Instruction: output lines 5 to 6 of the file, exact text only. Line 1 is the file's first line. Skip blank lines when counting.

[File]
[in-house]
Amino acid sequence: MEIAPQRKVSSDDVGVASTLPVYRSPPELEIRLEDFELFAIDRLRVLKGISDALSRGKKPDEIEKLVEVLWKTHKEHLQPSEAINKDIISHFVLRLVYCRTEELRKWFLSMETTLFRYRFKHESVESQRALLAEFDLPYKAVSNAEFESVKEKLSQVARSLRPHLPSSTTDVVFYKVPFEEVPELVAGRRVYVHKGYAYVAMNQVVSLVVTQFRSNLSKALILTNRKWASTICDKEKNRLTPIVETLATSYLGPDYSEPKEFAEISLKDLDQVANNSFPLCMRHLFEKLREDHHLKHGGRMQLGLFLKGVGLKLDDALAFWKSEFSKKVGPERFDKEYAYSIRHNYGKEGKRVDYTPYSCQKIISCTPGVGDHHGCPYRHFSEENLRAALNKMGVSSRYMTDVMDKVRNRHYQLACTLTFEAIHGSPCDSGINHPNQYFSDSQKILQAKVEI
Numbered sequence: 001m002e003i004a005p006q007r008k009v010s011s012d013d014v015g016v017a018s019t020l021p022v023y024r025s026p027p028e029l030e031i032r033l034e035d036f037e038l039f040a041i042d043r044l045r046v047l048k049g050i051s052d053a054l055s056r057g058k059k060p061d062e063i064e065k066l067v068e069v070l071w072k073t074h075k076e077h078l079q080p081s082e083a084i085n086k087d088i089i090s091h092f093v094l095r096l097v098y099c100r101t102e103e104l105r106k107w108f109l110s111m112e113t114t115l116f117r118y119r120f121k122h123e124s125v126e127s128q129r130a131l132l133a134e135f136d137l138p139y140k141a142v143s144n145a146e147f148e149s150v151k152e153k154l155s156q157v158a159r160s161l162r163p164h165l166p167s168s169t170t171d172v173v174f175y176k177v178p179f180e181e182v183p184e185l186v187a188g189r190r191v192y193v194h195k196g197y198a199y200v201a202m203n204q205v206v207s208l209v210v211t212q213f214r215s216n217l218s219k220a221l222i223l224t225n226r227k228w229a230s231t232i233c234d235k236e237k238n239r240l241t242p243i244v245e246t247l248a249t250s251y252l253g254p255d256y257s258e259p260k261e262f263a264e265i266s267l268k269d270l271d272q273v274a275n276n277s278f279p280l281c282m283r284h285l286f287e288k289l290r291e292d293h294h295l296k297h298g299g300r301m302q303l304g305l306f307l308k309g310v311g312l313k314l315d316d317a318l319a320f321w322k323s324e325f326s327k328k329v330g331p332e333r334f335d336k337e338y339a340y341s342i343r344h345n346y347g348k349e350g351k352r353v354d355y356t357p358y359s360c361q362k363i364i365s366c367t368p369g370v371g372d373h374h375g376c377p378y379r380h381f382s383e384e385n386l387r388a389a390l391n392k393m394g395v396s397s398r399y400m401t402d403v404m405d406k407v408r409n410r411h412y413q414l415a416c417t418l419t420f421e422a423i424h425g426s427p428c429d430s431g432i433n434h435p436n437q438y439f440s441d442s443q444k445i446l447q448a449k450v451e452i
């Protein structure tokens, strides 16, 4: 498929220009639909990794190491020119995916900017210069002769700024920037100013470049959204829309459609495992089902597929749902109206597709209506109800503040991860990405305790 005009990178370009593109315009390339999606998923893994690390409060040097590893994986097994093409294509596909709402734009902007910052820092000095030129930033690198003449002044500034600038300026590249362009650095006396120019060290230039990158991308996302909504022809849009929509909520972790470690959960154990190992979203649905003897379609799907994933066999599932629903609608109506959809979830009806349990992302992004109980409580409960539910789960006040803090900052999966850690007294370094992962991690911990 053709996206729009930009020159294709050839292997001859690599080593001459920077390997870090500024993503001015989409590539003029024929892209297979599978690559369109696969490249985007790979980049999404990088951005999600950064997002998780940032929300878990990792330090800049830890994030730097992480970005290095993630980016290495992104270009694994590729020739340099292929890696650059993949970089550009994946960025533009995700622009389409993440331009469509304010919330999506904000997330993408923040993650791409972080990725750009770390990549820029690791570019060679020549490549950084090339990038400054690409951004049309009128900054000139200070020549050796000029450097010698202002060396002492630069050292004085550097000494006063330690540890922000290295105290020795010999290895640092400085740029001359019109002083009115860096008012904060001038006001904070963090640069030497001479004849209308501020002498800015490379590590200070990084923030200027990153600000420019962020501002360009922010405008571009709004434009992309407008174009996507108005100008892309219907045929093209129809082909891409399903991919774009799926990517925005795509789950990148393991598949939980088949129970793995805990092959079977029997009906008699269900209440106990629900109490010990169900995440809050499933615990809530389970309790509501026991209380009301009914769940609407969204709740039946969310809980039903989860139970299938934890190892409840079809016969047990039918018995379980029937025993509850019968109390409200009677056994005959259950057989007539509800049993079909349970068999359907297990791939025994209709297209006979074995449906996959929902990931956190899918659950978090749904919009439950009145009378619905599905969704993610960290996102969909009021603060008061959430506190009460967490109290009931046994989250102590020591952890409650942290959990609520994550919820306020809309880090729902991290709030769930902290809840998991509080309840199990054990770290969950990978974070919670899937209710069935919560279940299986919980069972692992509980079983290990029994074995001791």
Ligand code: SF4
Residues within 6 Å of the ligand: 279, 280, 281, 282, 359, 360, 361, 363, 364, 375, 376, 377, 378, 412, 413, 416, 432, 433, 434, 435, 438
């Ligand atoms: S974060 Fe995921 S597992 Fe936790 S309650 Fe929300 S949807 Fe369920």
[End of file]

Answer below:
Ligand code: SF4
Residues within 6 Å of the ligand: 279, 280, 281, 282, 359, 360, 361, 363, 364, 375, 376, 377, 378, 412, 413, 416, 432, 433, 434, 435, 438